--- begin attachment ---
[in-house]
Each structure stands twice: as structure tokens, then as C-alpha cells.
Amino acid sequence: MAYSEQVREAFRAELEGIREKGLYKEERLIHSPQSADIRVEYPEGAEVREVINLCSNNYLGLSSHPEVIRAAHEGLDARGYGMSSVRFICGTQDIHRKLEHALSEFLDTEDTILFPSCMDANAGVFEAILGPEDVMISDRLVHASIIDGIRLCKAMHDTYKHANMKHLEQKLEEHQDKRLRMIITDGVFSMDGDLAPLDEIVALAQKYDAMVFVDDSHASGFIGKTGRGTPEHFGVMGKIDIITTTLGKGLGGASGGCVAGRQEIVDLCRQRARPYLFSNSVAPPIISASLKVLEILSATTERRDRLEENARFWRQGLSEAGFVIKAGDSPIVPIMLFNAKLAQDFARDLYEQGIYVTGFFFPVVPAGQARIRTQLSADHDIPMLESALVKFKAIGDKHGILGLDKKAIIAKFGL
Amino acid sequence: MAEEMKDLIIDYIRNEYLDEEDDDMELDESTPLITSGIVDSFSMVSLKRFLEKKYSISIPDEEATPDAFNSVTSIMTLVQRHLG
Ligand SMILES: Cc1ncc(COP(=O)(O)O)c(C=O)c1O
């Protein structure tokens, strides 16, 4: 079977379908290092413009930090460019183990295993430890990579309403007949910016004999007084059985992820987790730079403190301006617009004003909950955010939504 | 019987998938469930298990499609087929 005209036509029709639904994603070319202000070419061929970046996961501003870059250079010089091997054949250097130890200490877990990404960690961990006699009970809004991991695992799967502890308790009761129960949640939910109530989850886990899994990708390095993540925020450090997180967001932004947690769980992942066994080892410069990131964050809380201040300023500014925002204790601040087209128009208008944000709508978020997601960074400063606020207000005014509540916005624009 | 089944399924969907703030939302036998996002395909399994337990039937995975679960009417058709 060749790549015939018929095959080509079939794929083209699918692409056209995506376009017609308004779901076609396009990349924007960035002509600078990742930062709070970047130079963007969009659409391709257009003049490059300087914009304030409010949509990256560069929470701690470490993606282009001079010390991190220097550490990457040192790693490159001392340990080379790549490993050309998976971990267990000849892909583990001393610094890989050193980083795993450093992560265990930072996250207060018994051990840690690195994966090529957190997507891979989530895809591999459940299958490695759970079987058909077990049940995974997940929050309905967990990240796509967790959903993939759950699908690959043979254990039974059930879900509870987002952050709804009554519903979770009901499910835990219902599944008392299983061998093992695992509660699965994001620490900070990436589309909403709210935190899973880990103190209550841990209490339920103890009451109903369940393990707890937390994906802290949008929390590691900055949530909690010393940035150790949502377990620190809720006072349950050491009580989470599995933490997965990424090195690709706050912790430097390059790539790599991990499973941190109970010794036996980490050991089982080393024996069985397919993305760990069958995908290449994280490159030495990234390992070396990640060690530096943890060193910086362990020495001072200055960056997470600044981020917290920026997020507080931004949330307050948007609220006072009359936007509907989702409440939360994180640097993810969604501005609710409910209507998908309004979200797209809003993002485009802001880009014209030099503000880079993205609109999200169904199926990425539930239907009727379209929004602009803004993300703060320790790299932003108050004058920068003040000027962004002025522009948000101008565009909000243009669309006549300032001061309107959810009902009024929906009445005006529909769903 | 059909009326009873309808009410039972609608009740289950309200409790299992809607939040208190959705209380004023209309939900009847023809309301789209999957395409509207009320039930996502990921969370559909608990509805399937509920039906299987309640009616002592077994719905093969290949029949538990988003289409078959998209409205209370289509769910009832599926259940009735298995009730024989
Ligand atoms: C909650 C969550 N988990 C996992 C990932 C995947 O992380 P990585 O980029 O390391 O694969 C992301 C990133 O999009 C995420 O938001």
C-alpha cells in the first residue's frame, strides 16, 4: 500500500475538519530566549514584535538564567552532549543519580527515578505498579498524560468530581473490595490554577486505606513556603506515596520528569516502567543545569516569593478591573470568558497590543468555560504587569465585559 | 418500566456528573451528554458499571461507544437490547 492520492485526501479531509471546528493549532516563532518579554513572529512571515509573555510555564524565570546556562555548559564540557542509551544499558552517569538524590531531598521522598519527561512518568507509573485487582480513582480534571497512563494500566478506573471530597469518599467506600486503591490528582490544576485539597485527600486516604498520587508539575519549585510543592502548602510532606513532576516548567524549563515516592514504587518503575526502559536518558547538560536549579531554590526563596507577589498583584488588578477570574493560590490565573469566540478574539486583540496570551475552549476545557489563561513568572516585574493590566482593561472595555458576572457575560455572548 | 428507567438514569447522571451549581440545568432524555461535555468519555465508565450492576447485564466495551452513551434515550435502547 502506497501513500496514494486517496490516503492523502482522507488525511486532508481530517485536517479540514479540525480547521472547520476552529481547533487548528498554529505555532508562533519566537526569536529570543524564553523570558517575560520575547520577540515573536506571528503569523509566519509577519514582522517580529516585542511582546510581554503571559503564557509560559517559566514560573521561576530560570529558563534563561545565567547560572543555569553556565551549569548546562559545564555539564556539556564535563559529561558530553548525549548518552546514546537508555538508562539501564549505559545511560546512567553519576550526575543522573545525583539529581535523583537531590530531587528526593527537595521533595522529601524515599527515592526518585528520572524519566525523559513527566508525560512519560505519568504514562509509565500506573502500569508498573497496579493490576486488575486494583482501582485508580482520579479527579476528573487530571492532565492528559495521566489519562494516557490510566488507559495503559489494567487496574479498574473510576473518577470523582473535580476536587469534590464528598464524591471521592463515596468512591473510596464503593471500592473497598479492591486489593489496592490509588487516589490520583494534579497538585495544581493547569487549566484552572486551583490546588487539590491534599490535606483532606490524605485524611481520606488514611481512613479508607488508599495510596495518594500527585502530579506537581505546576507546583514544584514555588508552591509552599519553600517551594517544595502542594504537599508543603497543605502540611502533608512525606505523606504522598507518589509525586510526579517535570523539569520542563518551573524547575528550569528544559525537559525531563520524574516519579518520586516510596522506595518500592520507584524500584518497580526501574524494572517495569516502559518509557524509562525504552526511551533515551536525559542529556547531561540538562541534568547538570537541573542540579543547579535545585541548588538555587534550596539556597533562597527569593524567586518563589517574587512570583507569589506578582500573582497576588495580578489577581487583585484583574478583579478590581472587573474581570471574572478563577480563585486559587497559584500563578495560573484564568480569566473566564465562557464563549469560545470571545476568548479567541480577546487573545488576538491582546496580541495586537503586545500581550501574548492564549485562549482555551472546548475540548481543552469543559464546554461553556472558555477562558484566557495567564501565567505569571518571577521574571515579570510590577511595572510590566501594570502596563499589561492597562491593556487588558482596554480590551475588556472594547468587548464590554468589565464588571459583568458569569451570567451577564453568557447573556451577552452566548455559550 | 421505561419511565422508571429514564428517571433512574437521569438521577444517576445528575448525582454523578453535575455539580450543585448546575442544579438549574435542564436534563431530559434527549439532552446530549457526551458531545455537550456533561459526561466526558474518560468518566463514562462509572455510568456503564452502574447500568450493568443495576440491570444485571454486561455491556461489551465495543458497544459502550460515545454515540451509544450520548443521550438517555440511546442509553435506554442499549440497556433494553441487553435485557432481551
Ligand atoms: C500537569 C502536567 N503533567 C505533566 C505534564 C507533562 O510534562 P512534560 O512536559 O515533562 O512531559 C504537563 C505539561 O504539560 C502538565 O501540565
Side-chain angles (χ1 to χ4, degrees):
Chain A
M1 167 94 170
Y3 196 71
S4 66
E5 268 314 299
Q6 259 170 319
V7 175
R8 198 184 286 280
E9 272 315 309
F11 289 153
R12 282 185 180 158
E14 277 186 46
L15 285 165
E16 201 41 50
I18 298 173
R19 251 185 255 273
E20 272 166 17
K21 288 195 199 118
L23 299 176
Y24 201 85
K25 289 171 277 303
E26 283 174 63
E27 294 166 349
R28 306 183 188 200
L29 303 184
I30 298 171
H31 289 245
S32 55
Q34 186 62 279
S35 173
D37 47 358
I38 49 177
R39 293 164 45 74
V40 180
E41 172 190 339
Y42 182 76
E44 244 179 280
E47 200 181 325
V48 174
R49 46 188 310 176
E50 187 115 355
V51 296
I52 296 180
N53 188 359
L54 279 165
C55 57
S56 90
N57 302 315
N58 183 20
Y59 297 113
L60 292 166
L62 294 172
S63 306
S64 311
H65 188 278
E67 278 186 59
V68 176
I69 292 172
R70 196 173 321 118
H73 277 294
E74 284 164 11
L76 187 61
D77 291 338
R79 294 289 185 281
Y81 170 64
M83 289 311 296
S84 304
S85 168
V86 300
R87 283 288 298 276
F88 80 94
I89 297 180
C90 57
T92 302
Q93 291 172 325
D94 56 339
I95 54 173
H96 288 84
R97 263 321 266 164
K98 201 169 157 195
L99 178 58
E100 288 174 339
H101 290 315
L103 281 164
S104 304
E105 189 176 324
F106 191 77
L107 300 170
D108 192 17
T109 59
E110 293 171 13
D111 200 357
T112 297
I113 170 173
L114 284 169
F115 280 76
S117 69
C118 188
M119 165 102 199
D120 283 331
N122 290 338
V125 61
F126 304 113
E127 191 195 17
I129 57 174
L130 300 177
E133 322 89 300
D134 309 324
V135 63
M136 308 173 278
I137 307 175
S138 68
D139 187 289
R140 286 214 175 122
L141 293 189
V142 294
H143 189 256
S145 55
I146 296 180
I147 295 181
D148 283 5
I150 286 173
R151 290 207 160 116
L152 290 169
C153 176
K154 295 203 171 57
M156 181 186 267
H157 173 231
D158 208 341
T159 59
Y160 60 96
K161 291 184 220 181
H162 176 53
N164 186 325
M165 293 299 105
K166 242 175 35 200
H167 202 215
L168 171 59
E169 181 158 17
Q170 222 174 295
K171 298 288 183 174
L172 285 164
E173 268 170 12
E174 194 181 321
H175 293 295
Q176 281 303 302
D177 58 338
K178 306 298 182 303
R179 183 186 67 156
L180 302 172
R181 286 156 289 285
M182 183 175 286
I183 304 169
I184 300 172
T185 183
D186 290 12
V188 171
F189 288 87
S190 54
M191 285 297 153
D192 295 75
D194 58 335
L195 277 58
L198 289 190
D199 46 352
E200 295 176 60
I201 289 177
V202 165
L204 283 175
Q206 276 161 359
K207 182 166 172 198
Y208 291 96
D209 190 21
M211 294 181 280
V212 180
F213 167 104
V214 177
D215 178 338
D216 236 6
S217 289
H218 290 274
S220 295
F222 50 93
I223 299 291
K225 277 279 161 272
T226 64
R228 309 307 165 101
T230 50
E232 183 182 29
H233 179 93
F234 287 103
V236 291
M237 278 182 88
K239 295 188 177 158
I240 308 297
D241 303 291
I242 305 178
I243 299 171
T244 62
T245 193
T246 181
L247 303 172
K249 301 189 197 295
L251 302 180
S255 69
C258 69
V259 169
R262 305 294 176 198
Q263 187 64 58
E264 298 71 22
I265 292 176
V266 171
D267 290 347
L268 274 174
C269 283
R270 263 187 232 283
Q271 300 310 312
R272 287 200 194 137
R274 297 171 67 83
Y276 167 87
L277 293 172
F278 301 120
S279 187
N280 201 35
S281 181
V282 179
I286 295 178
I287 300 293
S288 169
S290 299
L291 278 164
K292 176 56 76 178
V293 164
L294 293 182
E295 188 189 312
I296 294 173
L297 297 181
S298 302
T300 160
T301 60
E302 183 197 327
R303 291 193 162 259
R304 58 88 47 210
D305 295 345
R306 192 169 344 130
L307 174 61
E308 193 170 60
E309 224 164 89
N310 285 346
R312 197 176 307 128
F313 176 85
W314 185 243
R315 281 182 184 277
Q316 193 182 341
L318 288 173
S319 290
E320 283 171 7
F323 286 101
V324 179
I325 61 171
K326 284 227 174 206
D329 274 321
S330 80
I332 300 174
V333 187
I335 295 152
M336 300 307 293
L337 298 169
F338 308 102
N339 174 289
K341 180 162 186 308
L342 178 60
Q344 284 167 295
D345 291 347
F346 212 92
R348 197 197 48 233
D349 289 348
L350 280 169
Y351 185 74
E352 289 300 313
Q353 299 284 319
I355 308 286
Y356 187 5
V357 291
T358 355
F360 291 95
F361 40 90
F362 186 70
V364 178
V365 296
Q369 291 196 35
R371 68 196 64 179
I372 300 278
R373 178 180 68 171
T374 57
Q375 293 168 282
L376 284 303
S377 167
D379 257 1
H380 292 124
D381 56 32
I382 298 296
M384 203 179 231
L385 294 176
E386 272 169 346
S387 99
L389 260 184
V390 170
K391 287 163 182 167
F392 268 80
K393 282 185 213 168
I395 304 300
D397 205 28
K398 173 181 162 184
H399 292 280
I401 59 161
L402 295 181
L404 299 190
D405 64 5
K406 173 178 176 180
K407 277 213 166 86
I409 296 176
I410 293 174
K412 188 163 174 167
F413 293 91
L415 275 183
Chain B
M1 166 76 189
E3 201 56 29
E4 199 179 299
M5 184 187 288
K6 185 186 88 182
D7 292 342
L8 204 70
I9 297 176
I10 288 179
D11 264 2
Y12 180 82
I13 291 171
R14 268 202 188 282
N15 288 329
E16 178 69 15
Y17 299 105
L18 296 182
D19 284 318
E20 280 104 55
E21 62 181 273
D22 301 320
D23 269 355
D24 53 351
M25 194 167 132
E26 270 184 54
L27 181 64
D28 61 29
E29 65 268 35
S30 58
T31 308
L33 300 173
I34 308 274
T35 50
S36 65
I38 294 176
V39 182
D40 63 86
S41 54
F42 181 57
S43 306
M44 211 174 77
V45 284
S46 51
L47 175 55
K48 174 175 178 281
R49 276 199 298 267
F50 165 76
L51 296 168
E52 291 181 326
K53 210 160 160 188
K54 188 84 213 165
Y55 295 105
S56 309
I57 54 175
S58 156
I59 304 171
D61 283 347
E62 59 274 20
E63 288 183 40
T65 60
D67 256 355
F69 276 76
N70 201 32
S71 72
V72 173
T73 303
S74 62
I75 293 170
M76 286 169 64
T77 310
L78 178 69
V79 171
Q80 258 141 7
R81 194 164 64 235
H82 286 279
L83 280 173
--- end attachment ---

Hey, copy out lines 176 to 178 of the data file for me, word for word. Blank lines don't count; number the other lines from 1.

E200 295 176 60
I201 289 177
V202 165